5. Well ... when I go to the Royal Opera or Royal Ballet, the Program Guides (at GBP 6 each -- about USD 9.50) are flying off the shelves ... they include a syllabus as well as some fascinating historical information on the work, the author, early productions, illuminating critical analysis, social commentary, etc. And the gift shops of the NYCB or the Royal Ballet sell all kinds of operatic guides and books on ballet ... seems there is an audience starved for knowledge ... As for niche market , I'd consider it a wonderful market for Ballet Alert ... if "we" could write the descriptions, we could probably combine them as a book (for the Gift Shop set) or make the text available to ballet companies to insert into their "Program Guide", to be sold at individual performances ... and it seems we have a wonderful collection of dance experts, who also have marvellous descriptive and writing skills ... and perhaps even a publishing connection? Have I just done a business plan??? :eek: Do you think there would be interest in a small BA group putting this together? I know at least one willing customer :D ... and potential participant ... we might even be able to "pre-publish" them here on the site, for feedback ... BB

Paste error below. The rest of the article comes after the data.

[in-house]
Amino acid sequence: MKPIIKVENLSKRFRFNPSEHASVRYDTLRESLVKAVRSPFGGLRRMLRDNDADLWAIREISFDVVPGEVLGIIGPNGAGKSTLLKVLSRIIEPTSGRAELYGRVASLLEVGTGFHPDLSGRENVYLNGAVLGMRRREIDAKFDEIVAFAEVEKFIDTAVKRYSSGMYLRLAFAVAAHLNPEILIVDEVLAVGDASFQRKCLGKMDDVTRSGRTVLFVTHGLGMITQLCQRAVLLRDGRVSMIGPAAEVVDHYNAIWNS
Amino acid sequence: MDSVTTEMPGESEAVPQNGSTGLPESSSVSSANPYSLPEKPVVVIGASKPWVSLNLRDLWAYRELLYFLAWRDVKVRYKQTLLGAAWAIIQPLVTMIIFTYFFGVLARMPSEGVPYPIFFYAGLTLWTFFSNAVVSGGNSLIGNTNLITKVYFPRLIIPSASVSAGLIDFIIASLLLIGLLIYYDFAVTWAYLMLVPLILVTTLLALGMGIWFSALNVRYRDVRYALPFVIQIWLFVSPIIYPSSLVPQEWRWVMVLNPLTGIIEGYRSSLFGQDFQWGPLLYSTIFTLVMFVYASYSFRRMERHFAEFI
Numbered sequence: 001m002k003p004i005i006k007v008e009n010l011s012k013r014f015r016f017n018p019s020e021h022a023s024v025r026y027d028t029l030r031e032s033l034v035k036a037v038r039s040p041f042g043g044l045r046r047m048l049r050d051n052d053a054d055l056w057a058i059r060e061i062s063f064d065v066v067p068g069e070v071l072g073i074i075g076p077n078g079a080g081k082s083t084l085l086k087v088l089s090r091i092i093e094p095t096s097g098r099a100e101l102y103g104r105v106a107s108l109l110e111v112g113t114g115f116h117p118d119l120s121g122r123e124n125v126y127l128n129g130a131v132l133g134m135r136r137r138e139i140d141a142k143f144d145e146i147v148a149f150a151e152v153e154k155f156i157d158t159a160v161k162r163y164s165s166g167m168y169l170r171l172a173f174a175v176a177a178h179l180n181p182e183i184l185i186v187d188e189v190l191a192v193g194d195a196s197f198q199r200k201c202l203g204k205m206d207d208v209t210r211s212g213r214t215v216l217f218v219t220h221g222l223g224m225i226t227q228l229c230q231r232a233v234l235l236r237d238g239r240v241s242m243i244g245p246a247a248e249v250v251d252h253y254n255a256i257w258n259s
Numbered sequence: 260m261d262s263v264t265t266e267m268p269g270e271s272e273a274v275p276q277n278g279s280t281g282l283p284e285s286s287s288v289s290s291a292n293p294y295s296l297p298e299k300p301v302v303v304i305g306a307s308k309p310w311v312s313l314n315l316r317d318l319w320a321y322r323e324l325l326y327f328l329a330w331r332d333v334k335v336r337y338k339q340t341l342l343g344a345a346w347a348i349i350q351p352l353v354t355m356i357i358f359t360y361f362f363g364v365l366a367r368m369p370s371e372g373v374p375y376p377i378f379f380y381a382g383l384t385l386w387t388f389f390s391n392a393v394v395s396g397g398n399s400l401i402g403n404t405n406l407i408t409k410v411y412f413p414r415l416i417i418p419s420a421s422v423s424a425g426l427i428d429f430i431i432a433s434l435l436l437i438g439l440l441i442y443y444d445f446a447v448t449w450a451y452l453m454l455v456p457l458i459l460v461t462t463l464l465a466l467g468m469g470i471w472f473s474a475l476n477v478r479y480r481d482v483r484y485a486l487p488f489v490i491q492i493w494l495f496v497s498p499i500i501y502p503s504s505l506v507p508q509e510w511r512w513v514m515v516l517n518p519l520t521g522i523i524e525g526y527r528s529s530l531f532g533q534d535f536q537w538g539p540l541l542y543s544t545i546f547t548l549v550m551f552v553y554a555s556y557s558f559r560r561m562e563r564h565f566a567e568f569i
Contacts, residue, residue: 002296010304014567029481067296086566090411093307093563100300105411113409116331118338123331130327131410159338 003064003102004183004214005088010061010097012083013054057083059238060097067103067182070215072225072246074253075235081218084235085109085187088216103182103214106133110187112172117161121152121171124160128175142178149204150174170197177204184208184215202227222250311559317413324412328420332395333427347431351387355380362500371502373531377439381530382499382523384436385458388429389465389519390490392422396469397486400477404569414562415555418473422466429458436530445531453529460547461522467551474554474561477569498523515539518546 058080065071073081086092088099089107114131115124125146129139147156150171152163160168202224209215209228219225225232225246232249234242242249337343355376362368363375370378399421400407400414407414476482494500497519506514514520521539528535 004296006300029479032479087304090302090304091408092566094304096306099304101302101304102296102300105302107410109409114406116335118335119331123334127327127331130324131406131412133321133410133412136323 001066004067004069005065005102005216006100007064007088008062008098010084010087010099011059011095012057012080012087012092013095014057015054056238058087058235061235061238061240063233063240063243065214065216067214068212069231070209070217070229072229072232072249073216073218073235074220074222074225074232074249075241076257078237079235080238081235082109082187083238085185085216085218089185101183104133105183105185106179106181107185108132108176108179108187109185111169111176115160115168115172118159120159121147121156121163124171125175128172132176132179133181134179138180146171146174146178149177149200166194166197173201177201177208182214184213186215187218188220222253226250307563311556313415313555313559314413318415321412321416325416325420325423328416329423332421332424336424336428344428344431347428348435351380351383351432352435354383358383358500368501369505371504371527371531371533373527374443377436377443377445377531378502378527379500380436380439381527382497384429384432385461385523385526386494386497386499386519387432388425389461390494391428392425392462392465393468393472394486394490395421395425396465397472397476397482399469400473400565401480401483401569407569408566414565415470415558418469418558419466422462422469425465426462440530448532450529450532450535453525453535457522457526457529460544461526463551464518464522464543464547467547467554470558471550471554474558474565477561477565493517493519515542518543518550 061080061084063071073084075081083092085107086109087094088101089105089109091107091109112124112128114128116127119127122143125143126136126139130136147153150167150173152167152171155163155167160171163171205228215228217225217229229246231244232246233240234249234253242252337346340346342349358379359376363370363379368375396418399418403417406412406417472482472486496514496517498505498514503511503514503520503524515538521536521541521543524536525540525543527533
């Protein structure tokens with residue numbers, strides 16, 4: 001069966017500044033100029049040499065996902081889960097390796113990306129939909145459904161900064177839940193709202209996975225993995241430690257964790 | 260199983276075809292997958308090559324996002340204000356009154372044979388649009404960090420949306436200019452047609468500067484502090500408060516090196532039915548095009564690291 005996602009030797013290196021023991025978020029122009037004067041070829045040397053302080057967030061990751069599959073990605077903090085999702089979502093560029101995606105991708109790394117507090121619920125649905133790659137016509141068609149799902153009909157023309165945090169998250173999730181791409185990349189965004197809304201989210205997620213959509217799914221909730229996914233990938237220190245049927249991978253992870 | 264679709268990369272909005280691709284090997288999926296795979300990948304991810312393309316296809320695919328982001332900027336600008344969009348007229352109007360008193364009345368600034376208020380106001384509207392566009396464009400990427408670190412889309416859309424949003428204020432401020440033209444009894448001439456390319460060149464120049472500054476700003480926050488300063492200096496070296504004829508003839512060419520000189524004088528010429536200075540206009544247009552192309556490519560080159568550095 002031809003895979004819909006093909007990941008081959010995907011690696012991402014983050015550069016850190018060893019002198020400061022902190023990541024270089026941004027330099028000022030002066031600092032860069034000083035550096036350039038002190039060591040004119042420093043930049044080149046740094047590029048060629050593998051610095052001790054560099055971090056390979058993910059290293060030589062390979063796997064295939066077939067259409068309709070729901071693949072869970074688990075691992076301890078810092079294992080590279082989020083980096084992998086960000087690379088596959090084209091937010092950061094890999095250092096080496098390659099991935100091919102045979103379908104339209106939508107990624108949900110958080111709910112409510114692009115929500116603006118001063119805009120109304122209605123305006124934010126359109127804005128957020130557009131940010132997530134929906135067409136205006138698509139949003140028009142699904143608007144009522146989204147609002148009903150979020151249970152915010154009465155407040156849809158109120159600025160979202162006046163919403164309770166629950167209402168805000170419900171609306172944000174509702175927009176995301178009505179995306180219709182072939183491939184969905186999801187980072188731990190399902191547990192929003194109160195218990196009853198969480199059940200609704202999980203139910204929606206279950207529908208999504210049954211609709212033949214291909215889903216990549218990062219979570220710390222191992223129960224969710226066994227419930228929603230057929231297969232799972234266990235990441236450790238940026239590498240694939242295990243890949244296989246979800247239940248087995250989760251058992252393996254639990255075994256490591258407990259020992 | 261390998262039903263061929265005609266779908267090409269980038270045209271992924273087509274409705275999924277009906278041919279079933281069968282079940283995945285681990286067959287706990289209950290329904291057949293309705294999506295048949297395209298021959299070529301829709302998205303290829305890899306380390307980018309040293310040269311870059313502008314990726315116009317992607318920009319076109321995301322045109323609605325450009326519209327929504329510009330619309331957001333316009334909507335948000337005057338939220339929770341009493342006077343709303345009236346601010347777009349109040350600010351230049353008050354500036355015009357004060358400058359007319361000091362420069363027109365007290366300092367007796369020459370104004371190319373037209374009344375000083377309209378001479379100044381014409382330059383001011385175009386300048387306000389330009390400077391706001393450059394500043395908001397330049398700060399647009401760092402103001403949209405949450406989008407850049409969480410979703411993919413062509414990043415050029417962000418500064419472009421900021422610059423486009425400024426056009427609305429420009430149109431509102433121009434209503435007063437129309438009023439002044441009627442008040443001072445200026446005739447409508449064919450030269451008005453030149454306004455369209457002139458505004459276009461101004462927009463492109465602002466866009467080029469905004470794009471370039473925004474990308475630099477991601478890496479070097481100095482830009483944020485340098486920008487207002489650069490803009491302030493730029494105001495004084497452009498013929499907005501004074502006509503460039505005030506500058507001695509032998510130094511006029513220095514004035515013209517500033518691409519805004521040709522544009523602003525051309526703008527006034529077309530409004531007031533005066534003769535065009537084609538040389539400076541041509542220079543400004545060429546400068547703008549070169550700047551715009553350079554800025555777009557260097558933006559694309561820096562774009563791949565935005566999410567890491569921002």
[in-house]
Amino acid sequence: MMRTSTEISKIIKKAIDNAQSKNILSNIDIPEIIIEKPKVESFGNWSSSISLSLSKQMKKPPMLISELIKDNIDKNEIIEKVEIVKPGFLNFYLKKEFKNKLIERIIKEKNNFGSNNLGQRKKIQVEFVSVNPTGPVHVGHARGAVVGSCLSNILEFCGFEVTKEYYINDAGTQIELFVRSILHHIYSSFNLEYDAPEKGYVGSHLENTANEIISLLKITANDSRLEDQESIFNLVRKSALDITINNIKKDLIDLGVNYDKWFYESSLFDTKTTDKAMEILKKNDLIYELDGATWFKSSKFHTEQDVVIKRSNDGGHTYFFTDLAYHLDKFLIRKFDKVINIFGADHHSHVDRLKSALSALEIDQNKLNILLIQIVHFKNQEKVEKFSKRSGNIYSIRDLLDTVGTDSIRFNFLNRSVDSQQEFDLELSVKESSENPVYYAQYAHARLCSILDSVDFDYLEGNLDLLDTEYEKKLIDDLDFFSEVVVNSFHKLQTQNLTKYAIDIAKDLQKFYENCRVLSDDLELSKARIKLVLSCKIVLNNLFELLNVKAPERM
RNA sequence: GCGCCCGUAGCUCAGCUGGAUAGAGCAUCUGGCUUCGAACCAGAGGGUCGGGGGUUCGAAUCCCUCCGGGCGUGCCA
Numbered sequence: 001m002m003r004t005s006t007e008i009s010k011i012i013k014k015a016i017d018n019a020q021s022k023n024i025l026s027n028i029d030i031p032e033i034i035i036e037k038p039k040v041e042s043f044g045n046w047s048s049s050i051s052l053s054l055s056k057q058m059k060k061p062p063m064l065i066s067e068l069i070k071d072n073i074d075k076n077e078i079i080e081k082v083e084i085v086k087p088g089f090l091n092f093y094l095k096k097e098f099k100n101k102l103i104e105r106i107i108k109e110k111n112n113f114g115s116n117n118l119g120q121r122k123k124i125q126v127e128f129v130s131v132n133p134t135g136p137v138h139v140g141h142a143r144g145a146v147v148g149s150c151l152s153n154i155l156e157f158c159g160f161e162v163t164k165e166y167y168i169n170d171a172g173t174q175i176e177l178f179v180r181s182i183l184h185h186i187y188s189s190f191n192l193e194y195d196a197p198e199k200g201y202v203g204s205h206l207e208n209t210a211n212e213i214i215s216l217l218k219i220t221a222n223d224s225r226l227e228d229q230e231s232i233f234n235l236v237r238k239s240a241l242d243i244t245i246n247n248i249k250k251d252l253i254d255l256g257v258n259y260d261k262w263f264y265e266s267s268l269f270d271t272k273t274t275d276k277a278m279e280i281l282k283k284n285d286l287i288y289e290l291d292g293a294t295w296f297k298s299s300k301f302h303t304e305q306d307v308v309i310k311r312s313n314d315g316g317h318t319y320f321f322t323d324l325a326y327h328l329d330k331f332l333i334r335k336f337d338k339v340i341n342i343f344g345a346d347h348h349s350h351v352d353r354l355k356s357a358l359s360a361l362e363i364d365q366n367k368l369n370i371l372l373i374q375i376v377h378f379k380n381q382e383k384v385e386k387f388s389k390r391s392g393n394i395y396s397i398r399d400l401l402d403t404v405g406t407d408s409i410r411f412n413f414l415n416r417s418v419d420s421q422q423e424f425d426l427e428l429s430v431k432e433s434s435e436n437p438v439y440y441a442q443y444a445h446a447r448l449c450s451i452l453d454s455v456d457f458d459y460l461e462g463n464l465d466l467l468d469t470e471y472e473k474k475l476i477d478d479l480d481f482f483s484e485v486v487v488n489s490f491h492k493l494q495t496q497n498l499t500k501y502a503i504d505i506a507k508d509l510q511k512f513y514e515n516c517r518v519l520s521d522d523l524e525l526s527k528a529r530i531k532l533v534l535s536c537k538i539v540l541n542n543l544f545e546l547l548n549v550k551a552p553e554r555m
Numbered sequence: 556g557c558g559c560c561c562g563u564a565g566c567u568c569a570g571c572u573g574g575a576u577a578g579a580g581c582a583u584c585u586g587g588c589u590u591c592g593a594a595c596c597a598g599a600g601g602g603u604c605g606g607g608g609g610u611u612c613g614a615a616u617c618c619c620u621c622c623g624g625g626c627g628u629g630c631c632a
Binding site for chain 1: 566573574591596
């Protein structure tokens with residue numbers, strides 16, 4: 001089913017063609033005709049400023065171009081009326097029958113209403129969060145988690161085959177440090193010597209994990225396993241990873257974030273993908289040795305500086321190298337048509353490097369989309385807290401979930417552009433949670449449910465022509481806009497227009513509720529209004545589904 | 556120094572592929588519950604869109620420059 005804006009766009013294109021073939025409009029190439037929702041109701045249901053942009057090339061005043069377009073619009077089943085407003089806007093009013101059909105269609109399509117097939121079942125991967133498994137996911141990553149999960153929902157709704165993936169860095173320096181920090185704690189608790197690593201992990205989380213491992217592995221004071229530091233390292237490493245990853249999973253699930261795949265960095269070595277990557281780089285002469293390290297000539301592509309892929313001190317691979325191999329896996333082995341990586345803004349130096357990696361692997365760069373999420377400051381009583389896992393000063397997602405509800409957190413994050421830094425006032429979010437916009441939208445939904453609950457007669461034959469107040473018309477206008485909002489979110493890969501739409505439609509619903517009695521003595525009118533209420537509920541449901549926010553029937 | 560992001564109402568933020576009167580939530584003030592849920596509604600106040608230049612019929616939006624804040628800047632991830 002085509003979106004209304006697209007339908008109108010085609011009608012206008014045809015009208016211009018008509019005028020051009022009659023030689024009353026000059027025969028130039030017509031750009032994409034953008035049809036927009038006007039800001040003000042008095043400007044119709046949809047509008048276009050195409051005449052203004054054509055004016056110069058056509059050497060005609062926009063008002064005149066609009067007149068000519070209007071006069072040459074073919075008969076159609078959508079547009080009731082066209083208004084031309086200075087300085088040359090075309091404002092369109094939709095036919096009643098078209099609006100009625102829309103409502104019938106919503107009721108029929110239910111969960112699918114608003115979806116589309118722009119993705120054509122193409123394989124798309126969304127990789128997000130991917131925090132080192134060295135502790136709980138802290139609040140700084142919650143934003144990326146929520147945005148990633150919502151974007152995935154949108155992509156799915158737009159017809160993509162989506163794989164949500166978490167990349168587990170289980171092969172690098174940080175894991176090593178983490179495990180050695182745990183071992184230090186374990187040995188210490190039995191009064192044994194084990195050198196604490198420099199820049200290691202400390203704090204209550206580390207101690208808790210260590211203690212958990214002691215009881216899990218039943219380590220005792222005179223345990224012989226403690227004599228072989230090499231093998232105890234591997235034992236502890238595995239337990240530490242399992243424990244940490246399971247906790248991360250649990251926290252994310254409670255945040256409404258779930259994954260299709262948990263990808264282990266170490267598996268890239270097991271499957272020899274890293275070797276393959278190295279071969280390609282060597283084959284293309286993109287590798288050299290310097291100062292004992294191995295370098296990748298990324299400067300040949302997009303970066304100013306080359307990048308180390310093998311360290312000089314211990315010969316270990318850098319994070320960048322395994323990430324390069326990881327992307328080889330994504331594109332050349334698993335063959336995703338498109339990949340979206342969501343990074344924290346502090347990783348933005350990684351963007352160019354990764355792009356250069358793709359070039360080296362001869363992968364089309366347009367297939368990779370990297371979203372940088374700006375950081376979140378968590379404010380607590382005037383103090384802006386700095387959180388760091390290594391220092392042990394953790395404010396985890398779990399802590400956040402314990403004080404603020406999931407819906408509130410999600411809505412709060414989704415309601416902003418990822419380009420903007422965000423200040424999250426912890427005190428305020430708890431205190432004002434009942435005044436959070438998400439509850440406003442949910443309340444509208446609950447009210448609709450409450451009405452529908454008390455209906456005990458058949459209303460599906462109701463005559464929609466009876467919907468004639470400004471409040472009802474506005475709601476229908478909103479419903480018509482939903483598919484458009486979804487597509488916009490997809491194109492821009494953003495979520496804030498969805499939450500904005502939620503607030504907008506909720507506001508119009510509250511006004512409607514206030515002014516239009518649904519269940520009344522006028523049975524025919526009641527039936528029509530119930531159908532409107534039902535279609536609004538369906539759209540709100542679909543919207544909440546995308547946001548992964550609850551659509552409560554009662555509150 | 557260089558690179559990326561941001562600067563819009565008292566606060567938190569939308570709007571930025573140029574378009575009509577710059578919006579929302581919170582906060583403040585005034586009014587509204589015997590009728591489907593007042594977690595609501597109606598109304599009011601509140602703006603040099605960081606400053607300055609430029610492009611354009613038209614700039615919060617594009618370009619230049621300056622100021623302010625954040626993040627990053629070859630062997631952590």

6. Hmmm ... let me take one step back ... I am fully in support of the dancers having and needing far more detail (best learned in person and via oral tradition) ... and notation, whether Benesh or Laban, seems to have far more detail than a audience member would need ... but how about the poor audience member, who has never been a dancer, and wants to be able to describe and discuss a particularly moving movement/moment ... he's read one or two books on classic ballet steps, but needs a guide to the particular ballet he's seen ... because he can relate the movement to a particular moment in the story. ... is there perhaps an annotated syllabus or libretto, so that not only is the plot line described (that's in most program guides), but the key dance movements are identified? What is the ballet equivalent of the Opera Lover's Guide to Operas, providing a syllabus and interposed a gude to the major arias? BB
  7. The fear that I have is that so many things passed via oral tradition are disappearing in today's world (and in yesterday's world) ... old methods for cooking, for many decorative arts, the art of writing ... and even the art of ballet could be in danger ... Video or DVD is certainly not the ideal solution ... unless you had multiple cameras and a way of displaying the full stage as a hologram ... what other choices are there? BB